GRAND RAPIDS, Mich. (WOOD) — NASA is collecting work from more than 30,000 contemporary creative artists around the world to send to the moon. One of the works selected is from a retired Grand Valley State University professor.
Patricia Clark is a professor emerita of writing and a former poet laureate. Her poem “Astronomy in Perfect Silence” celebrates the wonder of space.
Space is a topic Clark cares about and has been her passion since she was a student. She says how her astronomy professor at the University of Washington spoke about the universe inspired her to write this poem.
“What hit me so much was stuff that he said was kind of off the cuff. You know, he said that he thought it was really good to go out at night, look up at the stars, and remember how truly small you are,” Clark said. “I think that really helped me. So I think I’m hoping that people will get that from my poem and see the world. The natural world is really full of magic in a lot of ways and can teach us amazing things if we remember to go out and be in it.”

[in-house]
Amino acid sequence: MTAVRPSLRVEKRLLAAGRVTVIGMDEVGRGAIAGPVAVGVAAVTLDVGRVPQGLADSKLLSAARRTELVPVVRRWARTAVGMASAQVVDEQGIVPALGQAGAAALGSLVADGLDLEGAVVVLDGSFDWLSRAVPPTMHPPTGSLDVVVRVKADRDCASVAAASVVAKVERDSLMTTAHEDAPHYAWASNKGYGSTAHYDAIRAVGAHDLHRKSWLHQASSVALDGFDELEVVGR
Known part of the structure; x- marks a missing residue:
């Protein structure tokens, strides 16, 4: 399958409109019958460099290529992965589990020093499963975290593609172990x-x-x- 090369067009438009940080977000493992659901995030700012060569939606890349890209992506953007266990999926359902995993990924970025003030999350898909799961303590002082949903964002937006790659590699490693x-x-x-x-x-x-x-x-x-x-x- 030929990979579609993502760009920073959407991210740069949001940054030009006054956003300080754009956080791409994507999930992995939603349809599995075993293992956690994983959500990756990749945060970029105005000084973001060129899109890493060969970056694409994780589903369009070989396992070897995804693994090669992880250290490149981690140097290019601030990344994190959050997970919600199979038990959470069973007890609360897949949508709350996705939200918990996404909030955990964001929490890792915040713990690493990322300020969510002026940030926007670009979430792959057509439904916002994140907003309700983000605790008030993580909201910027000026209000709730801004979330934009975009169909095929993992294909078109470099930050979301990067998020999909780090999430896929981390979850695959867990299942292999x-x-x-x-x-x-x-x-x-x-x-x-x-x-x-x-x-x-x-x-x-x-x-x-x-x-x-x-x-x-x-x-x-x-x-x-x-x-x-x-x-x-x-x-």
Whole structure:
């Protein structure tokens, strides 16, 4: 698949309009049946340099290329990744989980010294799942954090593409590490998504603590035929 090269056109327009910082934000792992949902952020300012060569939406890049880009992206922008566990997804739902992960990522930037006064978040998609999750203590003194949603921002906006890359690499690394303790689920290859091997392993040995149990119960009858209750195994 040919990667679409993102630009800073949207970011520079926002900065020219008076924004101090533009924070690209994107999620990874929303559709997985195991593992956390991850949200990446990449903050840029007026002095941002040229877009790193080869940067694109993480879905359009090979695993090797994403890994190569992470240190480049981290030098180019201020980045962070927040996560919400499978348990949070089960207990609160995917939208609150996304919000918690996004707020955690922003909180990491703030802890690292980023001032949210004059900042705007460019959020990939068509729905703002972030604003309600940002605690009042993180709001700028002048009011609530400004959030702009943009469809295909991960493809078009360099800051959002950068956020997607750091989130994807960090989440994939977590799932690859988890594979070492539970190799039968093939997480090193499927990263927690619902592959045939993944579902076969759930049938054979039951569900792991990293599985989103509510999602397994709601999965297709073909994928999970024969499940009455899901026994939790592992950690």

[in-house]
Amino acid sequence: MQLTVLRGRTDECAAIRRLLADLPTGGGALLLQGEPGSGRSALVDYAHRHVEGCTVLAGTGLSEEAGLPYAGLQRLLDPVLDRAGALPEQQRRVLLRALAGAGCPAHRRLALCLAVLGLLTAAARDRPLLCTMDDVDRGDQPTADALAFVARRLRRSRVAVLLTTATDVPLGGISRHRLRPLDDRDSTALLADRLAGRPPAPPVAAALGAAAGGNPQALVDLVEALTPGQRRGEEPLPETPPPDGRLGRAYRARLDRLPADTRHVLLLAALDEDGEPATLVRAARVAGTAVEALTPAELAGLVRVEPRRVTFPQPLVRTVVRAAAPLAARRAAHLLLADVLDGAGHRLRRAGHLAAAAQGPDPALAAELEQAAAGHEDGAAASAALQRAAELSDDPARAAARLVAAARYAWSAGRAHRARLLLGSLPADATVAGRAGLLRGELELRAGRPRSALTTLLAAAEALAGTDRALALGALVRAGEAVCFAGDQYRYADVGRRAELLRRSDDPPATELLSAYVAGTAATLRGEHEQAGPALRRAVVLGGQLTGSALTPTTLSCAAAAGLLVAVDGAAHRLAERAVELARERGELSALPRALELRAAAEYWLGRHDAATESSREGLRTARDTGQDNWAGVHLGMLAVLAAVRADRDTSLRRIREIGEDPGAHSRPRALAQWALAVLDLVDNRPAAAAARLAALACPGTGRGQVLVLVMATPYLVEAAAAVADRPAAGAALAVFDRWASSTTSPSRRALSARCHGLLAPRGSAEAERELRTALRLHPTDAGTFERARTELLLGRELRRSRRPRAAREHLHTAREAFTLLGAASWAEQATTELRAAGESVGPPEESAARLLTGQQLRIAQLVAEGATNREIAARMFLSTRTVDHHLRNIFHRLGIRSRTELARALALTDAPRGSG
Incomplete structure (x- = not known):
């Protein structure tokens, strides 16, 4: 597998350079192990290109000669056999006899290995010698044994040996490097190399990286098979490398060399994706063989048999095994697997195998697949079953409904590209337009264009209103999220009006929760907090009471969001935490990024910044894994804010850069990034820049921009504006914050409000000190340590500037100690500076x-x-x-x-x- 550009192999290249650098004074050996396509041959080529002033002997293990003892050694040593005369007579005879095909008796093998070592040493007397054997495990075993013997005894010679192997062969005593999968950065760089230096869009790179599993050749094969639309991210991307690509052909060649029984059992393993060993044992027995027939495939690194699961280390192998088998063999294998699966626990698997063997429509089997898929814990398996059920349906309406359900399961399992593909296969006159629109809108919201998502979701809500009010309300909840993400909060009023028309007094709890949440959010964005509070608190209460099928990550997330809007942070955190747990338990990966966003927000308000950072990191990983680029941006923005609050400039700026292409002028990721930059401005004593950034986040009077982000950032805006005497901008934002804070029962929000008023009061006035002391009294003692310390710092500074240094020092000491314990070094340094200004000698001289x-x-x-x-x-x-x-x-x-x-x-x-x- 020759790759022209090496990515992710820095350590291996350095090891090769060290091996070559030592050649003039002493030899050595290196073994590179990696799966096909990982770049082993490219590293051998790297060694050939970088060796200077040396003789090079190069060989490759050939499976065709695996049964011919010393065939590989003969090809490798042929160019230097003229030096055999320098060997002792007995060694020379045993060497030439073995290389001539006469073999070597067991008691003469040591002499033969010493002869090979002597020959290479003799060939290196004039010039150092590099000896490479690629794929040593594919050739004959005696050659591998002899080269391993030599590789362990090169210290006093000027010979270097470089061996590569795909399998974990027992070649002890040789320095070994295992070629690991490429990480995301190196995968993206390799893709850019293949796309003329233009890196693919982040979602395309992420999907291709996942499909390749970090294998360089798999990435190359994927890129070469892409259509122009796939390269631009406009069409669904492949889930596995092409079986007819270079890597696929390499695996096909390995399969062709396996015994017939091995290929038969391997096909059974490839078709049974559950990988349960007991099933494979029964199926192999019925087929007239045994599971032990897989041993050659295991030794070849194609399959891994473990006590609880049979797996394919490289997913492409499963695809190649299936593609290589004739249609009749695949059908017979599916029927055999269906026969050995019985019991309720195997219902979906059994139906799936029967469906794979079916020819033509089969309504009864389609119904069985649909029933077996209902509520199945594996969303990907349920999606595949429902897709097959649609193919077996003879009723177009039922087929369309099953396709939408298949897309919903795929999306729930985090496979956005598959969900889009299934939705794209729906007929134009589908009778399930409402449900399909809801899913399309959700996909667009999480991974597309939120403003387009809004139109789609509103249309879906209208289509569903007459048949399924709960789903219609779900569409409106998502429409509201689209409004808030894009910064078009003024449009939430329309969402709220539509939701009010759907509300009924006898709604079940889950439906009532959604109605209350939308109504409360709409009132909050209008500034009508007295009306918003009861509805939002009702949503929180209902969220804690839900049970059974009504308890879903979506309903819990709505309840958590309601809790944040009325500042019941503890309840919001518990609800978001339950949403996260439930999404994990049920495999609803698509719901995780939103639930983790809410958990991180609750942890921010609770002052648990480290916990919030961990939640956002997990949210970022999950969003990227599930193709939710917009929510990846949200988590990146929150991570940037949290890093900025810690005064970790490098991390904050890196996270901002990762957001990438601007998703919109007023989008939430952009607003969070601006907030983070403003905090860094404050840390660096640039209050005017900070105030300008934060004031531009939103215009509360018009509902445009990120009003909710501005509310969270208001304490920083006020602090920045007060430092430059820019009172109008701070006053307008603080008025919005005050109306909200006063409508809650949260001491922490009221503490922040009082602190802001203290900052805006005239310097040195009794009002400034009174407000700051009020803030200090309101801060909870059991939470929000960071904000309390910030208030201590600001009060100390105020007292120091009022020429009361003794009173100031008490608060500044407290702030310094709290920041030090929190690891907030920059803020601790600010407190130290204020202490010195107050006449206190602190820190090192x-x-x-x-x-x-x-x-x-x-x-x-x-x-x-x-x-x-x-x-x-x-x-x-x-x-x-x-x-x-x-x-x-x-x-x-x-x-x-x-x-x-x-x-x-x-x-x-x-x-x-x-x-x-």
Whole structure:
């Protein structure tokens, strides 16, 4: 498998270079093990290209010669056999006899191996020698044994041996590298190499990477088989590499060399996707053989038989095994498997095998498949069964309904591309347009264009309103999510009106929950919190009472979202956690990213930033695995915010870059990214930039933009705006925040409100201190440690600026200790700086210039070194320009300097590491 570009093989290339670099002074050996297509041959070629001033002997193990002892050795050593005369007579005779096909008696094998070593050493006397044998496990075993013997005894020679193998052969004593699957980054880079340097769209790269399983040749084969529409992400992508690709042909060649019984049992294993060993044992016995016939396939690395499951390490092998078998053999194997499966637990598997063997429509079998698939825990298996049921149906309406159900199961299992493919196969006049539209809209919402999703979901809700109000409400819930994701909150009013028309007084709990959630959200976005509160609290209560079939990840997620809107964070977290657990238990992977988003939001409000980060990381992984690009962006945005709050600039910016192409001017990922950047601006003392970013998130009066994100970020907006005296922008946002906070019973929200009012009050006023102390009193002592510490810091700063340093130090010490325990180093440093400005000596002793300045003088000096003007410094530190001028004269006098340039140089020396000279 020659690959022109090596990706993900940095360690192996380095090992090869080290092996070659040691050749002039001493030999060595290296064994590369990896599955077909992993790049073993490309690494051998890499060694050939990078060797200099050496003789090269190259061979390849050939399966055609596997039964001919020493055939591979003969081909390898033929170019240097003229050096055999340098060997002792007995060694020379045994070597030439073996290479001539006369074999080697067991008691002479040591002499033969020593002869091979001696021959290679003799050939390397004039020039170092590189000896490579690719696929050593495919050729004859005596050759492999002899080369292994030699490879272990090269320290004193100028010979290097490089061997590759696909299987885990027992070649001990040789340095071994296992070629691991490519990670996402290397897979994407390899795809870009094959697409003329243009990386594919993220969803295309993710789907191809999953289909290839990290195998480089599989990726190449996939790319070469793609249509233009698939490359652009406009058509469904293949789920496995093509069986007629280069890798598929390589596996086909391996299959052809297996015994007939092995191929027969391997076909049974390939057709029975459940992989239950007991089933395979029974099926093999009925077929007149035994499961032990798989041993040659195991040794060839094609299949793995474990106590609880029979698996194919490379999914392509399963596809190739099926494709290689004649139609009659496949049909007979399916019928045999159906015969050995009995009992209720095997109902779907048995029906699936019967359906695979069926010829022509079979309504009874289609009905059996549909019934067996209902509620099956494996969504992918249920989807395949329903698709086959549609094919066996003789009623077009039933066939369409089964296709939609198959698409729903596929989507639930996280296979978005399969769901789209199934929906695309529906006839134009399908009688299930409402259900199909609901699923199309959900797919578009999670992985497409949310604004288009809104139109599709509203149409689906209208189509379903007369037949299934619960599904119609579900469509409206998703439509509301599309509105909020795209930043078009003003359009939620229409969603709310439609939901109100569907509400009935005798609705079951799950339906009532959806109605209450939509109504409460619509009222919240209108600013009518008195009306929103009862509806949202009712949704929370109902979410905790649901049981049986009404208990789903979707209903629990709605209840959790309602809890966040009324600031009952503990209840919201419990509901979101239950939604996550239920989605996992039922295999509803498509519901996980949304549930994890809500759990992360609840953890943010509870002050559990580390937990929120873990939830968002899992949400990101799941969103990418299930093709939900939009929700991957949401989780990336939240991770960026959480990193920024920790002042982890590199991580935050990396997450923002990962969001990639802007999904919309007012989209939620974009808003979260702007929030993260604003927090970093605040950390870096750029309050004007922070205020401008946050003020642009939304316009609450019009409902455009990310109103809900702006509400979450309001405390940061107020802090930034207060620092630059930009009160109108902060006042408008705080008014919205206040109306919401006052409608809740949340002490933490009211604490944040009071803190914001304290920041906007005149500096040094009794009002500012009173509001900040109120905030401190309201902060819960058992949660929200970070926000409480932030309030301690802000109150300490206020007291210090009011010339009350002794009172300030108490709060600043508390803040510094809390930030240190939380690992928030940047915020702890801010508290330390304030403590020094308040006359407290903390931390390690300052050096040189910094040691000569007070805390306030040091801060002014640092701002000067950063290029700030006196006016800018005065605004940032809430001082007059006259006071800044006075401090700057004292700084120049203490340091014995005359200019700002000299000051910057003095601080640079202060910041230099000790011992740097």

Literature and science may seem very different, but Clark believes poetry can be a bridge to fields we may not understand. She thinks it can help us slow down to appreciate the beauty of nature.
It took Clark a long time to get where she is now. She said consistency is key.
“I said to myself, I’m going to give it 20 years and look back and see if I’ve made progress. I think, indeed, I had,” she said. “Even then, if you haven’t made very much progress, you don’t want to give up. You want to just hang in there because persistence is everything.”
Her work will be part of the Polaris Collection expected to launch in November 2024.
You can learn more about Clark’s career on her website.